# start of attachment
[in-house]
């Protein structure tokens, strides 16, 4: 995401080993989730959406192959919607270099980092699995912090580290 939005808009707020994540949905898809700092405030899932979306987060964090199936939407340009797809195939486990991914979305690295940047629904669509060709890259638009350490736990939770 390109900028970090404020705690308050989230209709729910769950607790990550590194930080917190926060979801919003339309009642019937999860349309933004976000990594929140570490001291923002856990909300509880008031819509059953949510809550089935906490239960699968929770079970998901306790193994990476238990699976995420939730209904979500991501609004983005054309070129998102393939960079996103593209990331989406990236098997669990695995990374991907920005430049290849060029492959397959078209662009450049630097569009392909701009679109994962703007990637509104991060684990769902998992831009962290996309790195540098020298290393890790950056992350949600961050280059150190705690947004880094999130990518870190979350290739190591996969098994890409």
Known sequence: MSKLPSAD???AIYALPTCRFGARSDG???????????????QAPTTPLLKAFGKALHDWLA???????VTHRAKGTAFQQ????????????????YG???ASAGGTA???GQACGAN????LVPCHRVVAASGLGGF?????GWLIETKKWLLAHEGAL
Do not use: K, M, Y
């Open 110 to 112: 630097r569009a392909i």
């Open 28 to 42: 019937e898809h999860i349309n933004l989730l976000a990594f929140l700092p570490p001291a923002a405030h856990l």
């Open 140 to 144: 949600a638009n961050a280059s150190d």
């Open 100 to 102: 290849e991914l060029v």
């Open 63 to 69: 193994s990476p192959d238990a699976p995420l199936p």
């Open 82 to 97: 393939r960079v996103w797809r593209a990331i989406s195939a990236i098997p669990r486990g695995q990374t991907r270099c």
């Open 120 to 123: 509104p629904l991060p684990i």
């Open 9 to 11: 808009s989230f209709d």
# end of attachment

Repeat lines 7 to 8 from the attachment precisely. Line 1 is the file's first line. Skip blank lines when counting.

């Open 140 to 144: 949600a638009n961050a280059s150190d």
């Open 100 to 102: 290849e991914l060029v």